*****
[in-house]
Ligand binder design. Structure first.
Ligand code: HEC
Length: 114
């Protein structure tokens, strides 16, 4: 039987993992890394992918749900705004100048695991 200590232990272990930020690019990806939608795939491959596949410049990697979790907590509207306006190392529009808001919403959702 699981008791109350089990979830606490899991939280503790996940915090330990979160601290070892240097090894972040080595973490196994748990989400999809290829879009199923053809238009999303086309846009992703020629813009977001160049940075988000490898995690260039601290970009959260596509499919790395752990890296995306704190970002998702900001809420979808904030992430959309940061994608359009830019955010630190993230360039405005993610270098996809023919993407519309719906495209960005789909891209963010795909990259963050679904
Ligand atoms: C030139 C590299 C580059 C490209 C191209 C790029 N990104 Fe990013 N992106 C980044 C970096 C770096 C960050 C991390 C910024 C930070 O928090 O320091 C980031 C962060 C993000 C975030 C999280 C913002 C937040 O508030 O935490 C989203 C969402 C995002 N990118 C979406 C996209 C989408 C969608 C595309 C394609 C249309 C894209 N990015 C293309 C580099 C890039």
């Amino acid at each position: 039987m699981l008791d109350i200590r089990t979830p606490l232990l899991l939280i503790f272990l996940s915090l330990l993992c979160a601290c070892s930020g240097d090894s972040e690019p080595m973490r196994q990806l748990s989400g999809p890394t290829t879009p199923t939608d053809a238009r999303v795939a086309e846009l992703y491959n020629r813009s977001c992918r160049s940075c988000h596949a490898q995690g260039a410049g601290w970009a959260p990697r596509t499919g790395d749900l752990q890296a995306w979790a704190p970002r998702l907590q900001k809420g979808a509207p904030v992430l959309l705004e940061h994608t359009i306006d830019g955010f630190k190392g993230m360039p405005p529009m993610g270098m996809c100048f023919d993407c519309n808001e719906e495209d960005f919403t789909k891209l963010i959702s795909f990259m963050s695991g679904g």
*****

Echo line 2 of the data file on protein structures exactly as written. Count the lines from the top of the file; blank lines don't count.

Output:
Ligand binder design. Structure first.